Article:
So, what made that major telecom IT shop realize that their Change Management process simply didn’t work anymore?  After implementing two SAAS (Software-As-A-Service) solutions and seeing how quickly change could be done, it was immediately realized that our Change Management process and the new technologies didn’t mix together.  After our initial implementation of ServiceNow, we saw not only how quickly small configuration changes could be done, but that entire business applications could be built and implemented in relatively short amounts of time.  We were able to develop an entire Human Resources Case Management application in one day.  One day!

We realized though, that as long as our Change Management process held up deployment with silly red tape, our ability to develop quickly didn’t matter. That’s when we came to the conclusion that agile-based solutions needed a faster way to deploy changes in their solutions, while still ensuring operational stability.  The changes that needed to be deployed were low risk and low impact, so was it really necessary that we waited for the one change window that was offered, along with many other hurdles?  The same was realized with our Workday solution; why would we need to wait over ten days just to simply update an executive’s dashboard?

So, what was our solution to this new agile world and change management colliding?

Our Change Management Process Become More Agile with these Steps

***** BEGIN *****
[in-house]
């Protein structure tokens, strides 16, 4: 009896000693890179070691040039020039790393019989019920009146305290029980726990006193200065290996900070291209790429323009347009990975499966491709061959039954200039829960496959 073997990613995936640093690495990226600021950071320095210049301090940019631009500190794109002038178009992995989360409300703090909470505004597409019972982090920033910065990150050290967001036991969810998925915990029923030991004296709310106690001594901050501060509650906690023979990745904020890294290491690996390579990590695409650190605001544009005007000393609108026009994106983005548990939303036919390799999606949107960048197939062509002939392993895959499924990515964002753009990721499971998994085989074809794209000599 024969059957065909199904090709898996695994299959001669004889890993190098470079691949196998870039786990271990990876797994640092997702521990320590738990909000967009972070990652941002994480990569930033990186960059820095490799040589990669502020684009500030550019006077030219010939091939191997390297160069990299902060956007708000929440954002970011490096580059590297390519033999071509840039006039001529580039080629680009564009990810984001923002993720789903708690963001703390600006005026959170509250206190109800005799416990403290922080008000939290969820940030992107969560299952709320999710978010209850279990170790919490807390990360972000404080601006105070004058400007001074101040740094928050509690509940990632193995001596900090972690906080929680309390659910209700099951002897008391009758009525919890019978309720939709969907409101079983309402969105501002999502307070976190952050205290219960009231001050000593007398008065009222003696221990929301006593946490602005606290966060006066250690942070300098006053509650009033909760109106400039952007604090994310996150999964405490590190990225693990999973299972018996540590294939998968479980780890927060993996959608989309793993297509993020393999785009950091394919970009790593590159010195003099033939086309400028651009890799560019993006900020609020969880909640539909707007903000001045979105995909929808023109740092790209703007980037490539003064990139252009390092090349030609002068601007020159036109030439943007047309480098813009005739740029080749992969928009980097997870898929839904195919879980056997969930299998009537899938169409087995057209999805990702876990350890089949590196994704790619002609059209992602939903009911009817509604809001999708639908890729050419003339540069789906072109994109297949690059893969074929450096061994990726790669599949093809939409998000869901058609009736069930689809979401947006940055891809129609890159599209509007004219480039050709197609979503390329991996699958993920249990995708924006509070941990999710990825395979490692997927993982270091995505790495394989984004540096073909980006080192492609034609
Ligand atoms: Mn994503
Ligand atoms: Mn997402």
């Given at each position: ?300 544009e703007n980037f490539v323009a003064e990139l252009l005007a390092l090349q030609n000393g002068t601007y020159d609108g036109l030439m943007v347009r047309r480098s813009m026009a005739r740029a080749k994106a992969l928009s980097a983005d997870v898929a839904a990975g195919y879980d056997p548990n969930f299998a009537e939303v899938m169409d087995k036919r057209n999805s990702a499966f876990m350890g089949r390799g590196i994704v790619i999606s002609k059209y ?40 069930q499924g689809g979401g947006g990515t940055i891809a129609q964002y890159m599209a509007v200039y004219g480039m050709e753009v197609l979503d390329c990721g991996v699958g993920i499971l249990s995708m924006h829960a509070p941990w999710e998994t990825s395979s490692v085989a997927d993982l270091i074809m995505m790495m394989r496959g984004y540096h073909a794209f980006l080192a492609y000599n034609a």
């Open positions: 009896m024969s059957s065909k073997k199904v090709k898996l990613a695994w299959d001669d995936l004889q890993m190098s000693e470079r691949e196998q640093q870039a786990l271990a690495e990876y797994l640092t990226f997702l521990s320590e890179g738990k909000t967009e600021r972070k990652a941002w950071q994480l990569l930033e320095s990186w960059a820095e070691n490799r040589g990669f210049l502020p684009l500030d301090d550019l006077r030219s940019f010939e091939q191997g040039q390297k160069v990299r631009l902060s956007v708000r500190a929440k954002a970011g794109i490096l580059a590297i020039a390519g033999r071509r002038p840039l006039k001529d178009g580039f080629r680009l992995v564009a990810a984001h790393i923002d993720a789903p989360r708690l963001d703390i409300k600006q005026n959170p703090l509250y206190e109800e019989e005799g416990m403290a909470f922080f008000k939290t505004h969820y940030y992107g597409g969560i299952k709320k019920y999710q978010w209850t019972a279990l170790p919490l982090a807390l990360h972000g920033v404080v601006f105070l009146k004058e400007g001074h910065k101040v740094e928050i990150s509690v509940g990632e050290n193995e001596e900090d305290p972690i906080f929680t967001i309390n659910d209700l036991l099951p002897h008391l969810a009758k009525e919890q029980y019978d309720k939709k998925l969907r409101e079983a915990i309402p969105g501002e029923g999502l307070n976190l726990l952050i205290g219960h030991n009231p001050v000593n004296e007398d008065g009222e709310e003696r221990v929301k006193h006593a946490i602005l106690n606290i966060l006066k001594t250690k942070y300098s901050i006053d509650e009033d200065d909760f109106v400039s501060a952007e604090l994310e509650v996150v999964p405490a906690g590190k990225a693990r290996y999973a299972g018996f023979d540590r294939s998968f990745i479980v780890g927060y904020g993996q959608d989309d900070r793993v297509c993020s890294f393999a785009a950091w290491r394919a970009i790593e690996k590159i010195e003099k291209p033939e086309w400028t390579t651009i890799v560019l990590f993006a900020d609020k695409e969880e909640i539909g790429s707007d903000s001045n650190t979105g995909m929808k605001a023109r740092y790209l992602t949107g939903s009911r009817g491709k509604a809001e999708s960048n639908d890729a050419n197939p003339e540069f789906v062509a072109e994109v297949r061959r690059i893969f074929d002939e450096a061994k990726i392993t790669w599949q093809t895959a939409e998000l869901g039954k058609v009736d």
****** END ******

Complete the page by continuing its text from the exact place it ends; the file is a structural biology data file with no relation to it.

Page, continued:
1. Increased the number of Change windows.  No longer were changes required to go in on Wednesday nights at 10pm.  Smaller changes that had a low impact and low risk were allowed to be deployed nightly from 10pm – 5am.  Examples of these ‘smaller changes’ run along the lines of changing a color on a report or adding a category in your ITSM solution.  More significant changes were to go on two specified nights.

2. Simplified Categorization of Changes.  The IT group was already familiar with categorizing incidents from Priority 1 (P1) through Priority 4 (P4). Priority 1 changes were equivalent to Emergency Changes. A priority 2 change was a normal change, and was usually a significant release or large code push. Priority 3 changes were in the middle of a standard and normal change. They were given additional scrutiny, upon the discretion of the Change Manager. And finally, priority 4 changes were Standard changes that required no review by the Change Advisory Board, and had many change windows to choose from. These changes would be category changes on the ServiceNow platform, or a dashboard change in Workday.

Using that same framework for Change Management made identifying the changes that needed additional discussion and communication requirements easy.  It wasn’t traditional ITIL, but it worked well for a small IT group that was adopting agile methodologies, and who needed to keep up with increased market competition.